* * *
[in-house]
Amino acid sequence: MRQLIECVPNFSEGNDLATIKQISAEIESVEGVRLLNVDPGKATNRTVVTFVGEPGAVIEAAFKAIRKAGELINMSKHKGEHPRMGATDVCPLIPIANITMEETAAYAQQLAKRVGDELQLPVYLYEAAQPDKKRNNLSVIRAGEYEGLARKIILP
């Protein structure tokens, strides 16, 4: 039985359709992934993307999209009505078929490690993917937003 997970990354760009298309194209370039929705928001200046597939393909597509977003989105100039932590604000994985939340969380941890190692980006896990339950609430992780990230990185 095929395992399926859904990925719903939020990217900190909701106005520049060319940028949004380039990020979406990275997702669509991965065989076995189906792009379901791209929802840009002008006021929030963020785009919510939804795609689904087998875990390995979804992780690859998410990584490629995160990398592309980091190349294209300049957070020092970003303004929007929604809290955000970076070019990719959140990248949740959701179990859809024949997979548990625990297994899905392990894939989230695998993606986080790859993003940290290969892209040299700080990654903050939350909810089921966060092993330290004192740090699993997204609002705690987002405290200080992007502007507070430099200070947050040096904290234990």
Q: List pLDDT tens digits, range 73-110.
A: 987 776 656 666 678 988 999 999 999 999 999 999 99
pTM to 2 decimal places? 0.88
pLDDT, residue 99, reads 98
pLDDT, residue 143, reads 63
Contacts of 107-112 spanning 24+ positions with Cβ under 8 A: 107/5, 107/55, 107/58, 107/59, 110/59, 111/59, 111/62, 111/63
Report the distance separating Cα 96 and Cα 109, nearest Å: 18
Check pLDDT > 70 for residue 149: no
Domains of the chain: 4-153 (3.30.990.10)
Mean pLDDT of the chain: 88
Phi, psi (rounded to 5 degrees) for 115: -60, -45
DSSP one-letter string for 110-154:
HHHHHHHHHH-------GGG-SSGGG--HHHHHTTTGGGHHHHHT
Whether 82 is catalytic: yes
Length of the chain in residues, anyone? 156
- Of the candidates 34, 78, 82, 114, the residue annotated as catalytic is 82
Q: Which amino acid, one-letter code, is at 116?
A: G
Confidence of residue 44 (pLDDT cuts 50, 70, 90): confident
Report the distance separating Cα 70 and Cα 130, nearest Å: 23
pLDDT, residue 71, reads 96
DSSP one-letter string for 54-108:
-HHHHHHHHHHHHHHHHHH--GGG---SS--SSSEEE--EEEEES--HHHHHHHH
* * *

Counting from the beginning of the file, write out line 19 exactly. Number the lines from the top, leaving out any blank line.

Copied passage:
- Of the candidates 34, 78, 82, 114, the residue annotated as catalytic is 82